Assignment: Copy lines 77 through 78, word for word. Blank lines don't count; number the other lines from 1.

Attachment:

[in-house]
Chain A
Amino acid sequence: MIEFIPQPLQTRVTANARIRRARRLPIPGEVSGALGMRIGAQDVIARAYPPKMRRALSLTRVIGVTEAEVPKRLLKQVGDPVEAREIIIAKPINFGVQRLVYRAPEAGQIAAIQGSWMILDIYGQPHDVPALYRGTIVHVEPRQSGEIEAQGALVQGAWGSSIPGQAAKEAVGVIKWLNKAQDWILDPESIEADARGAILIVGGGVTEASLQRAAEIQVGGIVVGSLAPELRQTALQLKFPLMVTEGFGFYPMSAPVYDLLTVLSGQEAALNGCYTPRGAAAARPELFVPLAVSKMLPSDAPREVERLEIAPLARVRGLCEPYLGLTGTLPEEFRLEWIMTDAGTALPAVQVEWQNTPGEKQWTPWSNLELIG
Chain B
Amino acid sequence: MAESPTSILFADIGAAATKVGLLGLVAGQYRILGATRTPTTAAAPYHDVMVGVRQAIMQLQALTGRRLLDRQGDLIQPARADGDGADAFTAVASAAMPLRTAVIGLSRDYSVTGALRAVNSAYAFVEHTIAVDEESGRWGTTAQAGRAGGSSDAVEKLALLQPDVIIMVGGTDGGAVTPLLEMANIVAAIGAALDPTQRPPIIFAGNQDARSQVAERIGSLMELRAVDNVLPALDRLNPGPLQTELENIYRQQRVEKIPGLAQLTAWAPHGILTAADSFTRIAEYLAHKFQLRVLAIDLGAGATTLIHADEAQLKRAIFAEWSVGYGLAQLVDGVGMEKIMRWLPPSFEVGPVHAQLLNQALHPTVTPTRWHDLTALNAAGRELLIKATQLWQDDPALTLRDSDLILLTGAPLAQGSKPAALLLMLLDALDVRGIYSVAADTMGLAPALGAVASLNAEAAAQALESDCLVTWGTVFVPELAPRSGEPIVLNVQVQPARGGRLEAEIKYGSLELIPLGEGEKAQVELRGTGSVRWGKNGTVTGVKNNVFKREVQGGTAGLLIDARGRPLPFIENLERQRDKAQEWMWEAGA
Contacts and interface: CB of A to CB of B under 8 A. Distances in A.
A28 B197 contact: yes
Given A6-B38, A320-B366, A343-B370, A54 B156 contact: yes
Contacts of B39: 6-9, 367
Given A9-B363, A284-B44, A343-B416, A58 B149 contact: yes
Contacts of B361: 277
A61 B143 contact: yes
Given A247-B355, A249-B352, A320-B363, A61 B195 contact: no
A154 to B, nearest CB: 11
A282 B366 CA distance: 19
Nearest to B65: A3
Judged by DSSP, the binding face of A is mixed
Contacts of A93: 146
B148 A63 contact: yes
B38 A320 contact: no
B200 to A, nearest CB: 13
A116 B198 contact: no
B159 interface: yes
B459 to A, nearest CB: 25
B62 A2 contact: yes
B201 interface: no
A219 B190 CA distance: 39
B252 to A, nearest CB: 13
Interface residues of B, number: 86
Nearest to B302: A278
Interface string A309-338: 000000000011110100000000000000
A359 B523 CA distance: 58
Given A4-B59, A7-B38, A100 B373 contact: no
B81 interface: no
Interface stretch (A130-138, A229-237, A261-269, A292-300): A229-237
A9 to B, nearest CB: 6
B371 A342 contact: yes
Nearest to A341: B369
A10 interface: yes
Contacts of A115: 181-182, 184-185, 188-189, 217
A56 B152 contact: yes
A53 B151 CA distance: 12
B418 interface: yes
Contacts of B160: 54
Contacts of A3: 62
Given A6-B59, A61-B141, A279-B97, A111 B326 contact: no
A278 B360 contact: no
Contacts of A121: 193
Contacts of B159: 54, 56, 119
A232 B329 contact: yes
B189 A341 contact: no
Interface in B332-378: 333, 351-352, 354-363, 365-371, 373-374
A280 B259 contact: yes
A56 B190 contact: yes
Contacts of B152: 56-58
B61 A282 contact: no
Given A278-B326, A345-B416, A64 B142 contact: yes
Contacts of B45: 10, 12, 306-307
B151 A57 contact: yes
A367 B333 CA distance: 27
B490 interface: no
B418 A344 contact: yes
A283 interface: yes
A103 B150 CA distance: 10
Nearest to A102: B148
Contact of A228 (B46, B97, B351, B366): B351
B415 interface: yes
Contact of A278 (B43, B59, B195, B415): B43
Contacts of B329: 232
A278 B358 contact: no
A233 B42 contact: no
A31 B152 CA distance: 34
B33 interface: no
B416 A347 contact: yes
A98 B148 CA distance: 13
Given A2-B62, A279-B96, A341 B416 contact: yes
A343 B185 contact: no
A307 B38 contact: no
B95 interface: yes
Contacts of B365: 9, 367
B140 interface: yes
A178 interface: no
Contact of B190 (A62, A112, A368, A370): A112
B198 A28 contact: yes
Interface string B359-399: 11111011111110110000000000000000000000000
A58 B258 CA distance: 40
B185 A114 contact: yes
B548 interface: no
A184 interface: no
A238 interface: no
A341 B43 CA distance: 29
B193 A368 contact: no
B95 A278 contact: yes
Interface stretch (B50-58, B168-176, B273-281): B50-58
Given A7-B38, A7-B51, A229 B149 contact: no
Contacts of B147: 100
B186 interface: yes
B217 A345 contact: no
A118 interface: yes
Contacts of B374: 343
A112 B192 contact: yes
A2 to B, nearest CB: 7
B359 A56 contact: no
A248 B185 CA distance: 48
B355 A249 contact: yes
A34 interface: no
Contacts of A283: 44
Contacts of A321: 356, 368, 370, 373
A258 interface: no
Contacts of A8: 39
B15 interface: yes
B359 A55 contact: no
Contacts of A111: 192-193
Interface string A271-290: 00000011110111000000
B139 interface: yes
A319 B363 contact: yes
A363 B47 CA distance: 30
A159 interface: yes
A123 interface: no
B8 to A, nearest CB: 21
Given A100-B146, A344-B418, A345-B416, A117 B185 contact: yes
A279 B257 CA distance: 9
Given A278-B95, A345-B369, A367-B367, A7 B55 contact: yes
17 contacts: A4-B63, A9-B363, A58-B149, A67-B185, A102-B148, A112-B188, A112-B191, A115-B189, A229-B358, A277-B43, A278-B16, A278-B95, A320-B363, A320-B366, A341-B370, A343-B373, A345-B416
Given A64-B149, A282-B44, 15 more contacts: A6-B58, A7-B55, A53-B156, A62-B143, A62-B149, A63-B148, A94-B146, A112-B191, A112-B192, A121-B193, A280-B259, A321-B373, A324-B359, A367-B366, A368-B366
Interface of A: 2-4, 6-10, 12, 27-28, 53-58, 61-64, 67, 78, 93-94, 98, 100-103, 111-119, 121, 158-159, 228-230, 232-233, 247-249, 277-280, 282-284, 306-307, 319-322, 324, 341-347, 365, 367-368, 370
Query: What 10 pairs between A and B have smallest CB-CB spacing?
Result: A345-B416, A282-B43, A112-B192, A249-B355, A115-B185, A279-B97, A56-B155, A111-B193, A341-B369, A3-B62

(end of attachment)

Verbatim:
A343 B185 contact: no
A307 B38 contact: no